We essentially have gloomy days with little exposure to sunlight, and overly bright nights. This leads to delayed sleep, lower sleep quality and shortened sleep, and, ultimately, to a multitude of negative health effects, including an increase in rates of depression. These effects are explained by the fact that light-at-night causes the body to produce less melatonin and also directly modulates the activity in brain areas that keep our body clock in sync with the environment.
Naturally Resetting Our Internal Clocks
A possible solution to the negative effects of our indoor lifestyle and resulting misalignment with the natural time, is to expose people to bright artificial light during the morning hours, mimicking the sensation of the natural gradual increase in brightness that starts at sunrise, before your alarm clock rings. Observational studies have found that intense light in the morning is connected to better sleep and lower rates of depression. Korman and Maaravi-Hesseg, a neurobiologist and occupational therapist who also works at Ariel University, will use the grant to expand on previous research, which found that a bedside lamp mimicking the intensity of outdoor light at different times of day, including sunset, darkness, and sunrise, helped people improve their schedules, energy levels and moods.
Indoor light that echoes the course of natural outdoor light throughout the day is part of what Korman calls “the four D’s that lead to improved sleep and wellbeing”: Those include daylight, dim light in the afternoon and evening, a digital diet, or limiting our use of screens at night, and exposure to complete darkness while sleeping.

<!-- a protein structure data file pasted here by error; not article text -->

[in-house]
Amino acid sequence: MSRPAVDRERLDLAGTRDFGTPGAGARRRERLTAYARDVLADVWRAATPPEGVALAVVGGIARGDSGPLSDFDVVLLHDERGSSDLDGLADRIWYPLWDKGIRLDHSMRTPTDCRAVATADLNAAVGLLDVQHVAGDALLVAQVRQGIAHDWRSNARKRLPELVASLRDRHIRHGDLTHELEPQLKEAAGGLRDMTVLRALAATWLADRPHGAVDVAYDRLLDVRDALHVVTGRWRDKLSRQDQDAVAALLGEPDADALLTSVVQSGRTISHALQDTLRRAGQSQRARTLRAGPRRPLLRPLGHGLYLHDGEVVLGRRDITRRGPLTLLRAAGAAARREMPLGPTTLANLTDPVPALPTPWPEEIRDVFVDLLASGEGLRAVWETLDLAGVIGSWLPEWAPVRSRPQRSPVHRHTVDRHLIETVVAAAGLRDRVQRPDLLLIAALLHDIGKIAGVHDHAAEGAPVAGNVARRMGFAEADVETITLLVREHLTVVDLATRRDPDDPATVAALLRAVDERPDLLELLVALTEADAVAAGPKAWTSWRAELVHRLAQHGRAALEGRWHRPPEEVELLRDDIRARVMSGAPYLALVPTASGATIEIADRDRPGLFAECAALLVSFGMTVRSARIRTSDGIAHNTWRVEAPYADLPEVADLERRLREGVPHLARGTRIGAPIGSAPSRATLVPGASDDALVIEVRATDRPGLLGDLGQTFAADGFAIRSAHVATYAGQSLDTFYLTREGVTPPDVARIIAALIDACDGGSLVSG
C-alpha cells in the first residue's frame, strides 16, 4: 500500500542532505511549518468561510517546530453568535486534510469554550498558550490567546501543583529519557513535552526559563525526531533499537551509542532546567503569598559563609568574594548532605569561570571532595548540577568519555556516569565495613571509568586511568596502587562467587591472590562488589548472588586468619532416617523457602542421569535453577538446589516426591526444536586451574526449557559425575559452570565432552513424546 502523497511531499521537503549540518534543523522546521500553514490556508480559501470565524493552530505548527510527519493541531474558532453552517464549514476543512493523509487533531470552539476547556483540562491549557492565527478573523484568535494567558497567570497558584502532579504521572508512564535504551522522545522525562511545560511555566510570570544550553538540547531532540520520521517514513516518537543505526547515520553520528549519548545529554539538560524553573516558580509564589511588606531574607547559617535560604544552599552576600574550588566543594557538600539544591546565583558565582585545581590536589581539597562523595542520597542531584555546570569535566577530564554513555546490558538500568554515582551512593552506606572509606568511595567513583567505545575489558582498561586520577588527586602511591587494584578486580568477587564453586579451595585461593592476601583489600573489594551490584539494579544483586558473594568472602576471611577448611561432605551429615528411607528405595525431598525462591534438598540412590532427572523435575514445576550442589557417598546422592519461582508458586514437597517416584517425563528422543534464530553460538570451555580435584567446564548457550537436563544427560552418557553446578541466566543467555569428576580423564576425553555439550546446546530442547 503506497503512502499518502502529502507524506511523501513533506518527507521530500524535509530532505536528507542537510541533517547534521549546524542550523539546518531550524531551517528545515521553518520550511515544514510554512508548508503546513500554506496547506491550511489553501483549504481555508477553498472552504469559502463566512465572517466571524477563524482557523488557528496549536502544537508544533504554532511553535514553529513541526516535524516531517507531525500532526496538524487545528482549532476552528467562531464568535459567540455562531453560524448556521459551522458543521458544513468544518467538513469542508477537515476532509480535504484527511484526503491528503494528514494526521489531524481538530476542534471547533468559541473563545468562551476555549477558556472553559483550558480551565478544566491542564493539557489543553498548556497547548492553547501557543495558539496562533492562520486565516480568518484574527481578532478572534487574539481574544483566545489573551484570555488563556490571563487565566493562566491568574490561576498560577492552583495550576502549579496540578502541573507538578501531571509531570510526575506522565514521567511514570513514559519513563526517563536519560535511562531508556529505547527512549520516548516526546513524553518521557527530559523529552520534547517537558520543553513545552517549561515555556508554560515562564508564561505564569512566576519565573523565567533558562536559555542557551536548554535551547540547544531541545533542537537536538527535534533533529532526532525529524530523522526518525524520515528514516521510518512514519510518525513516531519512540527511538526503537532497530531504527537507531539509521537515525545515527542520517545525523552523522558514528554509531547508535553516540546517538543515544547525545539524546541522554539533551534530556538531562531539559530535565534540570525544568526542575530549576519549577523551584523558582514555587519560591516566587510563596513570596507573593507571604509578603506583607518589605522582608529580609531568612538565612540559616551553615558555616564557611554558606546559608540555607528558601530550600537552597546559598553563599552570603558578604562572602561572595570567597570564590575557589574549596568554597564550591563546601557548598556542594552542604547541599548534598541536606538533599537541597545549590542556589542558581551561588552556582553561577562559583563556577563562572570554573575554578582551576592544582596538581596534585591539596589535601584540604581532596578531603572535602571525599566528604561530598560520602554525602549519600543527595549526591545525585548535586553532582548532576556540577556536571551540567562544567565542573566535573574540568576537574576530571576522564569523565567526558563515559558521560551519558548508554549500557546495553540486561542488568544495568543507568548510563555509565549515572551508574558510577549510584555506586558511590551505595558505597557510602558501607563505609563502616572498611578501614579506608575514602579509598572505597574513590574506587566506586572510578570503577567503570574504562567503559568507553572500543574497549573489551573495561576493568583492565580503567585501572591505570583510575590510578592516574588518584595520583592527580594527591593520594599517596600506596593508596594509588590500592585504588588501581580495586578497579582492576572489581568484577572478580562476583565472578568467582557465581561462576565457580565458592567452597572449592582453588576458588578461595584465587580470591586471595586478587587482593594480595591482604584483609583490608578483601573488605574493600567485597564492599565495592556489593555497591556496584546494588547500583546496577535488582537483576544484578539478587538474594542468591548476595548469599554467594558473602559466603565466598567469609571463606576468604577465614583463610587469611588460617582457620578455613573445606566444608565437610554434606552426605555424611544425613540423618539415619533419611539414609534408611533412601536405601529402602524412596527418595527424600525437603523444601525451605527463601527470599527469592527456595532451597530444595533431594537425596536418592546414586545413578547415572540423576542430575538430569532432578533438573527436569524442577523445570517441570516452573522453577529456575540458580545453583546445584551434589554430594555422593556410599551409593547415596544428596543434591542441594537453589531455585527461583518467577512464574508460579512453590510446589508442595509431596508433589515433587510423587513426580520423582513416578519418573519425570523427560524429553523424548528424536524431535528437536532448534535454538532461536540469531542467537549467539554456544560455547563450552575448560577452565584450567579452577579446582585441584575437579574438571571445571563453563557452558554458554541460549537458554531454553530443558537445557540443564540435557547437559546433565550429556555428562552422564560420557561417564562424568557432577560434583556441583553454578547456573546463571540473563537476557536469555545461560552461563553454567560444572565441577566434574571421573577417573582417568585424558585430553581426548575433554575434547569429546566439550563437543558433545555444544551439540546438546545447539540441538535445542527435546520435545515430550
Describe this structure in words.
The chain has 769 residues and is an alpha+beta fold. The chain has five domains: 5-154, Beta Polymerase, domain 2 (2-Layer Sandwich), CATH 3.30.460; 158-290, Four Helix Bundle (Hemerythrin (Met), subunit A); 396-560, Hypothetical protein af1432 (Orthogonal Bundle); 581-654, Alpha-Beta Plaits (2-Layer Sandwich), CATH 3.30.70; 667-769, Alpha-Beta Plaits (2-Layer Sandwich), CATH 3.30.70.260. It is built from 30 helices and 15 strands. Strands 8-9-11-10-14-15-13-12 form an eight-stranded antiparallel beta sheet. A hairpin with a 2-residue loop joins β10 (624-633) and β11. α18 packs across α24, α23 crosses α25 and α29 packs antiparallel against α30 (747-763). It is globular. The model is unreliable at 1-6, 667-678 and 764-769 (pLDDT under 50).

Korman and Maaravi-Hesseg’s research is especially promising not only because it is rooted in scientific evidence, but also because it is examining solutions that are simple to use. Such unobtrusive interventions like special lamps can easily be used at home and work, in the background; they can be preprogrammed and adjusted to one’s schedules and they don’t require attention. This makes the approach different from existing solutions that require wearing cumbersome blue-light blocking glasses, following the directions of an app or spending large amounts of time sitting under specialized lights.
“We want to improve people’s daily lives without causing inconvenience,” says Maaravi-Hesseg.
Advancing our understanding of how light affects us
Their continuing research will also lead to more scientific understanding of the differences between natural and artificial light, and how light affects health and wellbeing. Studying these relatively neglected aspects of light is important to us at CNS, and for the general advancement of science and technology to help us improve our wellbeing.
Traditionally, most study of light has been related to how it helps us see. But the non-visual aspects of light are clearly critical to human functioning, both psychologically and psychologically. This new research will help clarify our bodies’ relationship with ambient light and develop seamless technological ways to control our light environment in a way that benefits our health and wellbeing. Hopefully, this will light the path out of a lifestyle that so often feels hyperactive, and exhausting; a lifestyle without enough sleep and rest.